CLOAKED IN THE DARKNESS OF NIGHT, MÁRIO Justino hunched behind a garbage can, a gun between his hands. His heart pounded as he waited for Bishop Macedo to come out of a Brooklyn building, an old movie house turned into one more temple of the Universal Church.

Justino had been waiting for this chance for months, after sleepless nights and hellish days. Only one thing fed his will to live: to kill Bishop Macedo.

As the bishop walked out of the New York temple, Justino's grip tightened on the automatic handgun. But he couldn't pull the trigger. Macedo walked away, unaware of how close to death he came on that summer night in 1991. Justino never again tried to kill the bishop, but he did manage to become one of his most formidable detractors.

Justino, a Universal pastor for 11 years, wrote of his lying in wait for Macedo and his problems with the Universal Church in a book called Behind the Curtains of the Kingdom: The Secret Life in the Universal Church of the Kingdom of God,” published in 1995. Born in Rio, in the state of São Goncalo, Justino joined the church in 1980 after he heard a pastor promise on a local radio broadcast: “A miracle is waiting for you.”

An Afro-Brazilian, Justino lived with his family in a very poor home on the outskirts of Rio. At 15, he gave up a scholarship to study in a private school to work for the church full time. In 1980, the Universal Church was just expanding beyond Rio and into neighboring Brazilian states. As an obrero, one of the church workers, Justino opened the temple early and swept the floors. In a matter of months, Justino became a pastor. He could easily fill the old theater with new converts attracted to the church's message of putting an end to suffering.

Still a teenager, Justino counseled parishioners after the services. Often he would hear about their sexual problems, a subject he knew little about and had trouble dealing with himself.

Another troubling aspect of his pastoral duties was asking parishioners for money. Seeing poor people donate most of their money to the church ate him up inside. But, according to Justino, the pastors faced monthly goals.

During services, Justino preached against homosexuality, which the Universal Church considers to be evil and a sign that a person is possessed by demons. In private, he carried on an affair with a pastor.

In his book, Justino tells about his gay lover, his first wife and an adulterous affair with another woman. At one point, when he was assigned to a church in New York, Justino became ill and confided in a church counselor that he might have HIV. In 1991, Macedo learned of Justino's rapid weight loss and fevers, and kicked him out of the church.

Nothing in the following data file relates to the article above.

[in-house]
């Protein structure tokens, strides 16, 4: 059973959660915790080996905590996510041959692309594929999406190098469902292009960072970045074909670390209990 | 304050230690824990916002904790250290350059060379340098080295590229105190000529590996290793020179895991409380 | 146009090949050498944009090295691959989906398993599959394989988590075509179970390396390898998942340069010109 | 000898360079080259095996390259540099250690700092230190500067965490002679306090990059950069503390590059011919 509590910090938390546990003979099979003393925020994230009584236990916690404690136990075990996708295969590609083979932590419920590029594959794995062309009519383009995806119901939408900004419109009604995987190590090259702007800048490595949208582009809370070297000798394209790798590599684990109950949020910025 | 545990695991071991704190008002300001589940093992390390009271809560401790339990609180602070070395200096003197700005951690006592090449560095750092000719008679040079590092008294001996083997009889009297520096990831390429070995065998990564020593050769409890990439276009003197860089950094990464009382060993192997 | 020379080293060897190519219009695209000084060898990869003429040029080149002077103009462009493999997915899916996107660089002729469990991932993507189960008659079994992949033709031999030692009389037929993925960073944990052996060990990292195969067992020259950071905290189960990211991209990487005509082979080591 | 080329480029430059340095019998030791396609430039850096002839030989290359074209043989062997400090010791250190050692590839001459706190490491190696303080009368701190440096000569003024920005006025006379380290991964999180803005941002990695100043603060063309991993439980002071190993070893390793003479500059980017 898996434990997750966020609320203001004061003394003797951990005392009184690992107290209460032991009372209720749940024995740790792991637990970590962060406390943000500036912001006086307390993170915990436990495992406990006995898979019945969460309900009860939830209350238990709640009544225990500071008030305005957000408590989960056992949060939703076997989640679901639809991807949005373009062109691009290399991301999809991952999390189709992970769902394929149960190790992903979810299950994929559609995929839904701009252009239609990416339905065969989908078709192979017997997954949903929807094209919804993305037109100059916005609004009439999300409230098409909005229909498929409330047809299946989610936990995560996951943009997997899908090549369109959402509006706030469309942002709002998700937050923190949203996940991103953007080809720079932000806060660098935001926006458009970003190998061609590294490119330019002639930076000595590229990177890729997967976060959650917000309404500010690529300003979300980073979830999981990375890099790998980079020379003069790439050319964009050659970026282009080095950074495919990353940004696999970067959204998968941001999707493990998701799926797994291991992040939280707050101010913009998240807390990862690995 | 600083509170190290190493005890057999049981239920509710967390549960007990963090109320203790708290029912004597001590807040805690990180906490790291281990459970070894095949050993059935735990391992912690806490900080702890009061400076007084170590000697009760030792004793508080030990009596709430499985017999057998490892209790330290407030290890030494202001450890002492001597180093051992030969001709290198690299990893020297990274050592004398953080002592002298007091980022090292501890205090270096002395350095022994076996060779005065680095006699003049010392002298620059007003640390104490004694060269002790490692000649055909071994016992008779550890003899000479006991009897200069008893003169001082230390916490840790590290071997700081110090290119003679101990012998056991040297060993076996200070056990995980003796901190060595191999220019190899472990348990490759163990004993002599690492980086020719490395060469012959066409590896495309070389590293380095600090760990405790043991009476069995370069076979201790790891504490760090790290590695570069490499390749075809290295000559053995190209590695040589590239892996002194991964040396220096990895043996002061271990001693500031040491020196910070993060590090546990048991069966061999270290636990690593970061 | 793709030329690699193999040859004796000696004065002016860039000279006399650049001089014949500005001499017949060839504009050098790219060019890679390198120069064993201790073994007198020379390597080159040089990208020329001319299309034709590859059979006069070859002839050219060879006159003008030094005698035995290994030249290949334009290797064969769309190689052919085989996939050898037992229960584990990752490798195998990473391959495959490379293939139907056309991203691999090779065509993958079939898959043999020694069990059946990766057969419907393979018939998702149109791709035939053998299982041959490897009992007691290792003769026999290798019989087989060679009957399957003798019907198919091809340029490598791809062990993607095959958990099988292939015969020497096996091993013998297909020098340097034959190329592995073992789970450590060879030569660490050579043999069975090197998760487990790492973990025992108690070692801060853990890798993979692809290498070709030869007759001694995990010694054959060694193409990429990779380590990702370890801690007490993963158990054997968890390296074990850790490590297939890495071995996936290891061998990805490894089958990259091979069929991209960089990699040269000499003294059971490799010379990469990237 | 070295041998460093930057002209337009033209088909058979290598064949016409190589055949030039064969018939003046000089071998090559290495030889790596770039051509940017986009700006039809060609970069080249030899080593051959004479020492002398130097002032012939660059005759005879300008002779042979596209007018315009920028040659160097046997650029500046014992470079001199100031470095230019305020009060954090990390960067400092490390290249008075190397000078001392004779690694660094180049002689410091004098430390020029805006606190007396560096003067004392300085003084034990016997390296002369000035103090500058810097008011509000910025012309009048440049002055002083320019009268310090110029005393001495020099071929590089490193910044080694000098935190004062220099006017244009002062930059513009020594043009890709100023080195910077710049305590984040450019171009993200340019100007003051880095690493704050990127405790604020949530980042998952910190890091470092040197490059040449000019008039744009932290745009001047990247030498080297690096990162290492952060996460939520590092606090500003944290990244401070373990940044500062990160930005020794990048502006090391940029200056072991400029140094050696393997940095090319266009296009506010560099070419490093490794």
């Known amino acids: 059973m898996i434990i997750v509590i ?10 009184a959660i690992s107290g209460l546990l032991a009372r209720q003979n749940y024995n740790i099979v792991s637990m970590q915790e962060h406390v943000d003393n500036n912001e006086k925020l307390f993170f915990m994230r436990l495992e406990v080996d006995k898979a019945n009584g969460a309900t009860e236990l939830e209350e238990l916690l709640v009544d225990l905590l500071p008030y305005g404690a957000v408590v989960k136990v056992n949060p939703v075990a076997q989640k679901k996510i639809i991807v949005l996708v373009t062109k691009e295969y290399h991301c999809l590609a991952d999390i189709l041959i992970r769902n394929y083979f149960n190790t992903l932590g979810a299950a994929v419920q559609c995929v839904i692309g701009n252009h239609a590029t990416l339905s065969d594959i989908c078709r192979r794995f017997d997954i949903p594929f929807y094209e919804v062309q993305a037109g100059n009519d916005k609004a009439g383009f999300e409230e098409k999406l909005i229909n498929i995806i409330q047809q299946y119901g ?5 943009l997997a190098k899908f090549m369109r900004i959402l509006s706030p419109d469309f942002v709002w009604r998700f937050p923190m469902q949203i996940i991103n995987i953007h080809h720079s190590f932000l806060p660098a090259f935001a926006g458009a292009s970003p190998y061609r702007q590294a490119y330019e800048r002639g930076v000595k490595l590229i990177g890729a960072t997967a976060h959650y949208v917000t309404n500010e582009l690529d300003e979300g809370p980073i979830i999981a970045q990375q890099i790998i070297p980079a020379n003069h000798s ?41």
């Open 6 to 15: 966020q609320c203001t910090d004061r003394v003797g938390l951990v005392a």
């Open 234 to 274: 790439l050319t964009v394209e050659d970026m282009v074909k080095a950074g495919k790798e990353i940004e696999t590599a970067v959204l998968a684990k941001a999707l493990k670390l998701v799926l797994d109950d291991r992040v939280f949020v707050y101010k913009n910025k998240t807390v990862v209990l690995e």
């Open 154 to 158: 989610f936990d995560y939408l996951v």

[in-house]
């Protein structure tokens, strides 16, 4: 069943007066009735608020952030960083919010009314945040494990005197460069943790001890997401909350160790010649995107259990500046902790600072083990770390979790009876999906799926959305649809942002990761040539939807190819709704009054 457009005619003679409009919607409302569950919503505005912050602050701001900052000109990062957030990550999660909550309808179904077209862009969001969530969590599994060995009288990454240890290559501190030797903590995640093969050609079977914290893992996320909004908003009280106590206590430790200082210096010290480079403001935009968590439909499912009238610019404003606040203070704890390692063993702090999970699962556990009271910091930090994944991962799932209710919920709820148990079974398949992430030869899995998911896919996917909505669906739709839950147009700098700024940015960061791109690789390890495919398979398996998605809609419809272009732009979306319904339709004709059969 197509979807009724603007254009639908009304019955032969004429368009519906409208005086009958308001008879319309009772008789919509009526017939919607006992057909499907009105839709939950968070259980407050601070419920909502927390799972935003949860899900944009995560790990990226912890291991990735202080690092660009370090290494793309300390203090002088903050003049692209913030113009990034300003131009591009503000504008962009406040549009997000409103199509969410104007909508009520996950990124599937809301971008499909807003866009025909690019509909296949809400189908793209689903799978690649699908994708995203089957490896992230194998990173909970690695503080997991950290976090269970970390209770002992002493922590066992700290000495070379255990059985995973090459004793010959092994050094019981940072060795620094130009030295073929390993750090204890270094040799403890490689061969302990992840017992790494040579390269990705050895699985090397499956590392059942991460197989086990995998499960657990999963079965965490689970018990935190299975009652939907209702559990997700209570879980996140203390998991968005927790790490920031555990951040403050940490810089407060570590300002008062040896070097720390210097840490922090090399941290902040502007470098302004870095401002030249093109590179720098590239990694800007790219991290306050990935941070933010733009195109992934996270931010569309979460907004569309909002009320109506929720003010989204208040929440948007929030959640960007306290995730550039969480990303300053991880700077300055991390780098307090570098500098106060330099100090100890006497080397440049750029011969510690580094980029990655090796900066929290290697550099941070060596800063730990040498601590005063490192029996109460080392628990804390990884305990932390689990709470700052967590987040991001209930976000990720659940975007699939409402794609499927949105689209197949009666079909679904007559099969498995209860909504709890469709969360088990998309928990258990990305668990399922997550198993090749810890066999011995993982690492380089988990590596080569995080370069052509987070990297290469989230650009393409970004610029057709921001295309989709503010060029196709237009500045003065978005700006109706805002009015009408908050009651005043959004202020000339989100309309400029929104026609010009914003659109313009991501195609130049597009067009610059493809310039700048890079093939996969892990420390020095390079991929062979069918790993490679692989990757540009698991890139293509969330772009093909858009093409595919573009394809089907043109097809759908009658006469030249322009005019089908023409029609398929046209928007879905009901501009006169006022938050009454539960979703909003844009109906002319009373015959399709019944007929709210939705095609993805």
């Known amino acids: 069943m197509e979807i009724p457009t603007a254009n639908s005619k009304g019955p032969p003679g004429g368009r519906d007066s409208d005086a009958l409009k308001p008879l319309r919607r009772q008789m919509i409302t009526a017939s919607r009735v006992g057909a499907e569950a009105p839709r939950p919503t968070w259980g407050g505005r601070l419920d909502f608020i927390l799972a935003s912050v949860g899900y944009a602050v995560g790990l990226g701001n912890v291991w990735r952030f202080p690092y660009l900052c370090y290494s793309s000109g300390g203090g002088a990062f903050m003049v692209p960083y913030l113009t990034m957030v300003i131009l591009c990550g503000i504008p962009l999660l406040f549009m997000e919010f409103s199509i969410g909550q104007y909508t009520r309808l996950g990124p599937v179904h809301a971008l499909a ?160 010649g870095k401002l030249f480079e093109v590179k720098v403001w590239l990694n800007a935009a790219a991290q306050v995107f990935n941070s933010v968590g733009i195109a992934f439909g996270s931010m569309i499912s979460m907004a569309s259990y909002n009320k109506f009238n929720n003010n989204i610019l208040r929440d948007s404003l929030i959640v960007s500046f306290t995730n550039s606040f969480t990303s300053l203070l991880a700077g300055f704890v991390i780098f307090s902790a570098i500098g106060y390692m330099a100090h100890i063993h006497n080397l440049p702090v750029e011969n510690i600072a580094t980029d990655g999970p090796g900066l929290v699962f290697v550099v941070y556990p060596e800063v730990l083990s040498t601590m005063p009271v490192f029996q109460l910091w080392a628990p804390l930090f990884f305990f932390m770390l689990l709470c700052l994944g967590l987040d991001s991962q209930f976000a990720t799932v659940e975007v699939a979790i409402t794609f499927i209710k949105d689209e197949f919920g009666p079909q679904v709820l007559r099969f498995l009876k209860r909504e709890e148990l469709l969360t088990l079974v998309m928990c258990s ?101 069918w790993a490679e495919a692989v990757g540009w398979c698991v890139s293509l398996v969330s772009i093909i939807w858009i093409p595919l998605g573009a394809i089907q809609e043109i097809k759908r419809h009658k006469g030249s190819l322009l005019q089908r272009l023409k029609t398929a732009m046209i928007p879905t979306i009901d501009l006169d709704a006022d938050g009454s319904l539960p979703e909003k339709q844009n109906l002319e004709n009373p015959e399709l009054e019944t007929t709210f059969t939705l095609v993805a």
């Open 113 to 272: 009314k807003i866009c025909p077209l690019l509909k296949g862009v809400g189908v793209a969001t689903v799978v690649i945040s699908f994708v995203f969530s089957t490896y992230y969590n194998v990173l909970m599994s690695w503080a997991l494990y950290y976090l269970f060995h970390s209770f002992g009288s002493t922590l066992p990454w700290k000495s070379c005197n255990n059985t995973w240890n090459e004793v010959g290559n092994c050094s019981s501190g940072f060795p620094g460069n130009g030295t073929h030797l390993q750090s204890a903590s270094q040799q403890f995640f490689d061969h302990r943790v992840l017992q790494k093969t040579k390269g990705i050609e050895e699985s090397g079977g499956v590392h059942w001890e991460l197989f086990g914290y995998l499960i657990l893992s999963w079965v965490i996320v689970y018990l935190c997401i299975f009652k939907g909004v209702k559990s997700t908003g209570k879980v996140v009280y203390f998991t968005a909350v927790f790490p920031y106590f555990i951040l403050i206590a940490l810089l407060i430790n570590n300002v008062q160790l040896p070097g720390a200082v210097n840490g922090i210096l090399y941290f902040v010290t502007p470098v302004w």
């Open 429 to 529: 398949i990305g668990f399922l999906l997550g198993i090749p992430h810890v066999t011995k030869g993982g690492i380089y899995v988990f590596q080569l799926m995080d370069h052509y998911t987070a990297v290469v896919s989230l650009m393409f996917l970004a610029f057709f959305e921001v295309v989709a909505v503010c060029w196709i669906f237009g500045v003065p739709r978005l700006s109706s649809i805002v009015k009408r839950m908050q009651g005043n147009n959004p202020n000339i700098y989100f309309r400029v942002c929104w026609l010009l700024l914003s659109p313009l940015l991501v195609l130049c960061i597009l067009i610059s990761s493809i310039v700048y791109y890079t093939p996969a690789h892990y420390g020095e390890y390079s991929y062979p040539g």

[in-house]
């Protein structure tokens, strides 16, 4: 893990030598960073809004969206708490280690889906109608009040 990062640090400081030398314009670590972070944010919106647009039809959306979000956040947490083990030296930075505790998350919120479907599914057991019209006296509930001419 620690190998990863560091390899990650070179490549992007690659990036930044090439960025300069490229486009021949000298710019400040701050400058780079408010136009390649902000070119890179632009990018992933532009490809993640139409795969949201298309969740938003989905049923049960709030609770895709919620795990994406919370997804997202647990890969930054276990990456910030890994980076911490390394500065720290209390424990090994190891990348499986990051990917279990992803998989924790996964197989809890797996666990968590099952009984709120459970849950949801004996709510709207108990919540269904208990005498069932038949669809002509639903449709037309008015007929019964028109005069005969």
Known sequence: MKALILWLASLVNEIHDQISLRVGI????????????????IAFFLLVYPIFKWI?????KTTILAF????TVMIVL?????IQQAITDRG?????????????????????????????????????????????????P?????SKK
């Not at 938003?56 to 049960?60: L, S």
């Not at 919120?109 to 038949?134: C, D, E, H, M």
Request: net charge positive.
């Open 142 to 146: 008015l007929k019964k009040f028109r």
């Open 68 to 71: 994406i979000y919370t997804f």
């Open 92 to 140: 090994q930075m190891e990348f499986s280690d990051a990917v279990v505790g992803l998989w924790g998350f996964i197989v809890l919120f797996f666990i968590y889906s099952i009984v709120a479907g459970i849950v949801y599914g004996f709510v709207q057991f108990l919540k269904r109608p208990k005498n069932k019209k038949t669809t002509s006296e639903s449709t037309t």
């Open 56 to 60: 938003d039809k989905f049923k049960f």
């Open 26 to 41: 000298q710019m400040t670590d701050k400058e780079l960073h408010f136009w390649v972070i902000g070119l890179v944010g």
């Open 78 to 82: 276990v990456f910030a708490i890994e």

When Justino asked why, Macedo responded, “Please don't play the fool! You know quite well why you have to leave. But I will refresh your mind. You can no longer stay with us because you have AIDS!”

A short time after getting fired, Justino made his failed assassination attempt on Macedo. Now homeless and an illegal immigrant, he plunged into crack cocaine and heroin and wandered New York's grittiest streets. He overdosed on heroin and was hospitalized for a month.

In the hospital, Justino was visited by Danusa, the only Brazilian on the volunteer staff of the Gay Men's Health Crisis, an organization that has several programs for AIDS patients. Danusa told Justino about state benefits, such as free access to medicine and a monthly income.

Justino was rehabilitated, and his consuming anger toward Bishop Macedo and his church eased. In 1998, Justino was granted political asylum on the grounds that if he returned to Brazil, he might be killed.

Justino now lives in an apartment in the Bronx. He volunteers at an orphanage to help children with AIDS. He says that he is giving back for the many tithes he took from the poor who gave their very last cent. “I believe this is my contribution, I feel that I am really helping people for no personal interest,” Justino says. “A help that I never gave during the time that I was part of the Universal Church.”

LA Weekly